A central myth of American history teaching is that the American Revolution was fought for the “life, liberty and pursuit of happiness” of each person. By each, Jefferson sadly meant mainly white farmers. This patriotic myth—what I call a Founding Amnesia—drove Frederick Douglass, in 1852, to declare that the Fourth of July was not for slaves.
But perhaps in contrast to its long history of racist exclusion, the Daughters of the American Revolution should first honor black Patriots. As Georg Daniel Flohr, a German private who fought at the decisive battle Yorktown with the French Royal Deux-Ponts for the Patriots, noted while walking around the field of battle the next day: “all over the place and wherever you looked, corpses… lying about that had not been buried; the larger part of these were Mohren [Moors, blacks].”
And as I emphasize in Black Patriots and Loyalists (2012), the acme of freedom in the American Revolution was the gradual emancipation of slaves in Vermont (not yet a state) in 1777, in Pennsylvania in 1780, in Massachusetts in 1782, in Connecticut and Rhode Island in 1784, in New York in 1799, and in New Jersey in 1804. If we ask the central question in American history: how did there come to be a free North to oppose bondage in the Civil War, the answer is, surprisingly: gradual emancipation during and just after the American Revolution. Thus, black Patriots and their white abolitionist allies played a central, undiscussed role both in battle and in the deepening of American freedom.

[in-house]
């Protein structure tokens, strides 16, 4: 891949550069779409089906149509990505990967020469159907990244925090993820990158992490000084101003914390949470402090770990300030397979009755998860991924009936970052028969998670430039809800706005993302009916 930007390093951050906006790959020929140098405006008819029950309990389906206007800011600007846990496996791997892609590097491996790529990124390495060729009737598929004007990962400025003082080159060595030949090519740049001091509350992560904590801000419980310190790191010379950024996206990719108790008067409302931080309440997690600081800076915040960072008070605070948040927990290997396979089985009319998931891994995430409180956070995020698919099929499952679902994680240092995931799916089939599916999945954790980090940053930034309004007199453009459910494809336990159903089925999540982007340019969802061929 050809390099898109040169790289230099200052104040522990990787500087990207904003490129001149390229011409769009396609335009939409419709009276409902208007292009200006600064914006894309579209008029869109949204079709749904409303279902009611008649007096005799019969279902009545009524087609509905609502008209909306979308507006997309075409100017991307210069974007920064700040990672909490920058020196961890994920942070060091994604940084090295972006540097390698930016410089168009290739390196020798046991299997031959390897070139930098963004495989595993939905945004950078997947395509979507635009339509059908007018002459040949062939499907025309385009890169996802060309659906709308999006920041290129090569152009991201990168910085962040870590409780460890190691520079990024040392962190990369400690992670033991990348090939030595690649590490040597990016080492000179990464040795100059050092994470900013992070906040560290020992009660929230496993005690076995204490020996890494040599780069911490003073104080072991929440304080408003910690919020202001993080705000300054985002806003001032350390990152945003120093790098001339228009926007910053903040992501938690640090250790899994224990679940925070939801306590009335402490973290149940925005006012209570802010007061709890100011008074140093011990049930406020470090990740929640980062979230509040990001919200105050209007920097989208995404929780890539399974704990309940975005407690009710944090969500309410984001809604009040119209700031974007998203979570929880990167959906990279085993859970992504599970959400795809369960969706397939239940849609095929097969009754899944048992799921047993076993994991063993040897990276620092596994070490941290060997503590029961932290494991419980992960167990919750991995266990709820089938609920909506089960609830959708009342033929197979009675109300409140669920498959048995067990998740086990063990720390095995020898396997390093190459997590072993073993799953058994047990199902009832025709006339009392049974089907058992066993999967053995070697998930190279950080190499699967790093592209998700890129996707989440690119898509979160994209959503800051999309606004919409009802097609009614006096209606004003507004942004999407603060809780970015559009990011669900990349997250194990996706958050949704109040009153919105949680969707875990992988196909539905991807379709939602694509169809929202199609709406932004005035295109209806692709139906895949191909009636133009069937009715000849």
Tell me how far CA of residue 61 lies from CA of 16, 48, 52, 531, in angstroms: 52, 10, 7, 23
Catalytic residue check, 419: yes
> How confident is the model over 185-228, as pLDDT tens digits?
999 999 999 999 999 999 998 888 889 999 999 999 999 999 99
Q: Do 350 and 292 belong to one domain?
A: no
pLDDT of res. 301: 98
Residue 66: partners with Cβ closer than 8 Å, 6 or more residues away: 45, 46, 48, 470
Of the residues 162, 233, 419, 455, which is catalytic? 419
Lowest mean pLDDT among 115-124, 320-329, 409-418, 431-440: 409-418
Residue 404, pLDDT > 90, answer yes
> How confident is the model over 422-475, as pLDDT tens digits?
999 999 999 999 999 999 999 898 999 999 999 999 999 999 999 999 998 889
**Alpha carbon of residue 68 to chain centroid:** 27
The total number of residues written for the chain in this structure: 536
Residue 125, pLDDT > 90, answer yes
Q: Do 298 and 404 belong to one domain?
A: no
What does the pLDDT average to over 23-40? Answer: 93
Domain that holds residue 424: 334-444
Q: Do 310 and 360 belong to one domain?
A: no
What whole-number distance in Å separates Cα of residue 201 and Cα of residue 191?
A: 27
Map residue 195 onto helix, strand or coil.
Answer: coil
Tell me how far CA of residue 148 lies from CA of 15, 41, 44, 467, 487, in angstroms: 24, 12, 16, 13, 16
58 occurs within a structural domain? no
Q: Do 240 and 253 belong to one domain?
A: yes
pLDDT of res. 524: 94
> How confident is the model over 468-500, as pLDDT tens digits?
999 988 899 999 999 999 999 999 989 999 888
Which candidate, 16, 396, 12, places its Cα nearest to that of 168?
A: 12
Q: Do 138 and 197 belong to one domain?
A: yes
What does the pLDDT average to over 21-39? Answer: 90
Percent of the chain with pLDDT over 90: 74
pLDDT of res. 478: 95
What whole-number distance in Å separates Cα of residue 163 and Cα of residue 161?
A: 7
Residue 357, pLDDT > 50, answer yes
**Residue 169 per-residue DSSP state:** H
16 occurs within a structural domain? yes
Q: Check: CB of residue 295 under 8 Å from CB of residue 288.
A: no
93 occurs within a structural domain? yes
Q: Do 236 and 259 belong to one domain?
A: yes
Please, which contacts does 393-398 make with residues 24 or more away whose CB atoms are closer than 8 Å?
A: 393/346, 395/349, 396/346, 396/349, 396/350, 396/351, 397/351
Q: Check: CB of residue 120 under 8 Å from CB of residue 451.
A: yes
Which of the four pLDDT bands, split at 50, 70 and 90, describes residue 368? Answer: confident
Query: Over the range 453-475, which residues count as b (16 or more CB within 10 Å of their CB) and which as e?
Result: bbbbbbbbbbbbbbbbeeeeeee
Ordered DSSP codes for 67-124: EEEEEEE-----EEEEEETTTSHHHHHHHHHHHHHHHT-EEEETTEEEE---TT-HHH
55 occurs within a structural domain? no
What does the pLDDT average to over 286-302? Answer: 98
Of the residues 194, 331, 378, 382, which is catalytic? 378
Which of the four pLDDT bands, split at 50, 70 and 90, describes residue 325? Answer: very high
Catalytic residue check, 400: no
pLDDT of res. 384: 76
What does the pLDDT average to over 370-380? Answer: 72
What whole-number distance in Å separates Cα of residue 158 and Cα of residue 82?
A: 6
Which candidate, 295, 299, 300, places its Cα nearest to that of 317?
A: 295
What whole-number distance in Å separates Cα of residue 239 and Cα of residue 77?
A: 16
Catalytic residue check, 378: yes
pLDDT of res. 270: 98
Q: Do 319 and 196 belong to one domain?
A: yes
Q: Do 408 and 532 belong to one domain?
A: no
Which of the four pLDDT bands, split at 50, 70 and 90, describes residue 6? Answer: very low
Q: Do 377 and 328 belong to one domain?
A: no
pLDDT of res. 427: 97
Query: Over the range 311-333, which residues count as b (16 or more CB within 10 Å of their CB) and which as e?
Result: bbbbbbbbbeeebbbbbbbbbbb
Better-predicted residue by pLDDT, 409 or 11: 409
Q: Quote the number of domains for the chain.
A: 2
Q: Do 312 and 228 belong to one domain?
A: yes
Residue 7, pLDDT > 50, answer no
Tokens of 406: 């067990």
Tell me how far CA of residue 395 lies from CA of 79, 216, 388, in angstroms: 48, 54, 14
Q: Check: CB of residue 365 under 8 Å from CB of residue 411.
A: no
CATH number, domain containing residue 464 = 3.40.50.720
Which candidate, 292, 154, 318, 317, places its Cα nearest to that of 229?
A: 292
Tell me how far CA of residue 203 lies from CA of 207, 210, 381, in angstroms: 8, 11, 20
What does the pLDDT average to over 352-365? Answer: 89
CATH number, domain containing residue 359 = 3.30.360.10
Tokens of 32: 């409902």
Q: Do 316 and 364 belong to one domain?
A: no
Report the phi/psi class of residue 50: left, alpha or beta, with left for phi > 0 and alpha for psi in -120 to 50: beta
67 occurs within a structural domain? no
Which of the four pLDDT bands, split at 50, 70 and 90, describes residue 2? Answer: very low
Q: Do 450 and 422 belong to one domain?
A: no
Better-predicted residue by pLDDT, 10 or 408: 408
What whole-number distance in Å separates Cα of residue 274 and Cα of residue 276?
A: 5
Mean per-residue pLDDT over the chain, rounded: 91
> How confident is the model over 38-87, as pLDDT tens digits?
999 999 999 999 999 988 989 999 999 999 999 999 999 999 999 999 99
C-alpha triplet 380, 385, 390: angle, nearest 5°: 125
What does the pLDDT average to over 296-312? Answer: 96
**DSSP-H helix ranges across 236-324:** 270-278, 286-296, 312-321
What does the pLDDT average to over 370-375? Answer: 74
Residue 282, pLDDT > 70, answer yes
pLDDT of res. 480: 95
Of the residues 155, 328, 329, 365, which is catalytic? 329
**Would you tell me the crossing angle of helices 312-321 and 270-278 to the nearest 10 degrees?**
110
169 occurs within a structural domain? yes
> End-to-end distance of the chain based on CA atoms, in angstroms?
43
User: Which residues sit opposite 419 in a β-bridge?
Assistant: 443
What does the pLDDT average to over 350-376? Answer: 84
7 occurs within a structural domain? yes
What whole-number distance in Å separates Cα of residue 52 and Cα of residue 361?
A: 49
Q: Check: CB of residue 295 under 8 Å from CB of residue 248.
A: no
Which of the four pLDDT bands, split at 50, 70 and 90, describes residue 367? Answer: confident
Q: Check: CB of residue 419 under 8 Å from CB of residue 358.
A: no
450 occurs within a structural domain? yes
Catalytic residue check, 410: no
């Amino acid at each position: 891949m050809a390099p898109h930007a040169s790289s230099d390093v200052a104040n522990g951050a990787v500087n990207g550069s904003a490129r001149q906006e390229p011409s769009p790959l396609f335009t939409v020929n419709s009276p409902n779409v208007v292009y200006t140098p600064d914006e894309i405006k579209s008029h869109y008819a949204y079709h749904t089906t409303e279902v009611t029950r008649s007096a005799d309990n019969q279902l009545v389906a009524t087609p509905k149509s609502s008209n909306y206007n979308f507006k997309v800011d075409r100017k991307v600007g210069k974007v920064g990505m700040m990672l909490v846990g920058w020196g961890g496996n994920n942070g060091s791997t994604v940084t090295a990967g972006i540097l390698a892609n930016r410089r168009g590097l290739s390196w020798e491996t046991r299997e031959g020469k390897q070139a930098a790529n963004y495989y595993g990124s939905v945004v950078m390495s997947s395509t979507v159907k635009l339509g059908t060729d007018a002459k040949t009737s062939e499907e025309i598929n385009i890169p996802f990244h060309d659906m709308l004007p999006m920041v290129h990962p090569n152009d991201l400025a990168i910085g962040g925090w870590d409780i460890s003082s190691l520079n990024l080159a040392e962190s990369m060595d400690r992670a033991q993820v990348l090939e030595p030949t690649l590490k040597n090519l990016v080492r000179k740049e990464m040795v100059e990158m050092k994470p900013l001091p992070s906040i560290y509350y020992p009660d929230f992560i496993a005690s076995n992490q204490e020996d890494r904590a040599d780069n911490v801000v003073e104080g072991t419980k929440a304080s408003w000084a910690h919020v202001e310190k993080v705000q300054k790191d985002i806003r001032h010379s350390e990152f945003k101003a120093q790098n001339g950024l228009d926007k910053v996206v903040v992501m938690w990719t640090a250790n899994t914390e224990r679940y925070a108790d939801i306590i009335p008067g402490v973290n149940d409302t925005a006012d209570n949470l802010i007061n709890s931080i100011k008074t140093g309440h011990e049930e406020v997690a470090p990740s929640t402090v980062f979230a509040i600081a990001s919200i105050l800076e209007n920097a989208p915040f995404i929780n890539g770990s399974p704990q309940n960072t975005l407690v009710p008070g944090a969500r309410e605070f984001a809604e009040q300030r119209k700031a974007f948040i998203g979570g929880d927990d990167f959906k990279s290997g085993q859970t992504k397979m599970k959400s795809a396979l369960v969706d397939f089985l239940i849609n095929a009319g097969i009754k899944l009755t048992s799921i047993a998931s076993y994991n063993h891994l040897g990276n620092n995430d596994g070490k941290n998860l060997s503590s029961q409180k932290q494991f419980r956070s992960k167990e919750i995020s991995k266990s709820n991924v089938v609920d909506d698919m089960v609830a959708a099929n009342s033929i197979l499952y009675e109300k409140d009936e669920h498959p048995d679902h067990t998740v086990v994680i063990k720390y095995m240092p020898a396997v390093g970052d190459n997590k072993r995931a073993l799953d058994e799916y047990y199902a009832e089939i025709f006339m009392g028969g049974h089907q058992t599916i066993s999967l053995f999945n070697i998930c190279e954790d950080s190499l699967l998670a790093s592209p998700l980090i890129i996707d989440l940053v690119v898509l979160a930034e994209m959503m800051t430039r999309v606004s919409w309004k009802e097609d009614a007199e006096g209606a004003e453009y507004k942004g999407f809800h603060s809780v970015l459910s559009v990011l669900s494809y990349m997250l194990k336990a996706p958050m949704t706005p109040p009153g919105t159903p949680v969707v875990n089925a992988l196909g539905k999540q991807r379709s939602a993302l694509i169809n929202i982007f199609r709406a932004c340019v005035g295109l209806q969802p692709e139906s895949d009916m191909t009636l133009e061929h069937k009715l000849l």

Finally, why did the man believed to be the first martyr of the American Revolution, Crispus Attucks, an escaped slave of black and Native American parentage who became a sailor, fiercely take on the Redcoats in the Boston Massacre? Attucks is part of a complex history that reveals how much the Revolutionary War and the Fourth of July are a day that belongs to African Americans.